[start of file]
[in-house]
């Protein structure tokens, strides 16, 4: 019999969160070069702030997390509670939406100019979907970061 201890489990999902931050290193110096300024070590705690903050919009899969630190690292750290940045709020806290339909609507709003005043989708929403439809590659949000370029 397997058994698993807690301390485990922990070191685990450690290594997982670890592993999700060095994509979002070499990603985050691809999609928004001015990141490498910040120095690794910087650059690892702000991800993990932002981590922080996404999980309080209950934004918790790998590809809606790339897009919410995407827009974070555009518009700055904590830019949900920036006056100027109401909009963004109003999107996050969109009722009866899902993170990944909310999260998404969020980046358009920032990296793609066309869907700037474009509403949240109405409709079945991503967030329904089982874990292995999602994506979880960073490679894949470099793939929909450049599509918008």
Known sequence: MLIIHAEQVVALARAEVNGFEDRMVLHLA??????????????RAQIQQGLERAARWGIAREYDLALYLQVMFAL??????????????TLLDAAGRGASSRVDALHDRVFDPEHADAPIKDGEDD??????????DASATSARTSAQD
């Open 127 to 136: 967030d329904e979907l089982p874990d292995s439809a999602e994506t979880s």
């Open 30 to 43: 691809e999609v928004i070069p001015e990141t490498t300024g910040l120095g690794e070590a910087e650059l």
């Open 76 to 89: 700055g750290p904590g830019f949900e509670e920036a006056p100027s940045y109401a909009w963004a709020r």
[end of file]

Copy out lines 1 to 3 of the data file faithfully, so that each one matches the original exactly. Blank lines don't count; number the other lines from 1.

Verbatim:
[in-house]
């Protein structure tokens, strides 16, 4: 019999969160070069702030997390509670939406100019979907970061 201890489990999902931050290193110096300024070590705690903050919009899969630190690292750290940045709020806290339909609507709003005043989708929403439809590659949000370029 397997058994698993807690301390485990922990070191685990450690290594997982670890592993999700060095994509979002070499990603985050691809999609928004001015990141490498910040120095690794910087650059690892702000991800993990932002981590922080996404999980309080209950934004918790790998590809809606790339897009919410995407827009974070555009518009700055904590830019949900920036006056100027109401909009963004109003999107996050969109009722009866899902993170990944909310999260998404969020980046358009920032990296793609066309869907700037474009509403949240109405409709079945991503967030329904089982874990292995999602994506979880960073490679894949470099793939929909450049599509918008």
Known sequence: MLIIHAEQVVALARAEVNGFEDRMVLHLA??????????????RAQIQQGLERAARWGIAREYDLALYLQVMFAL??????????????TLLDAAGRGASSRVDALHDRVFDPEHADAPIKDGEDD??????????DASATSARTSAQD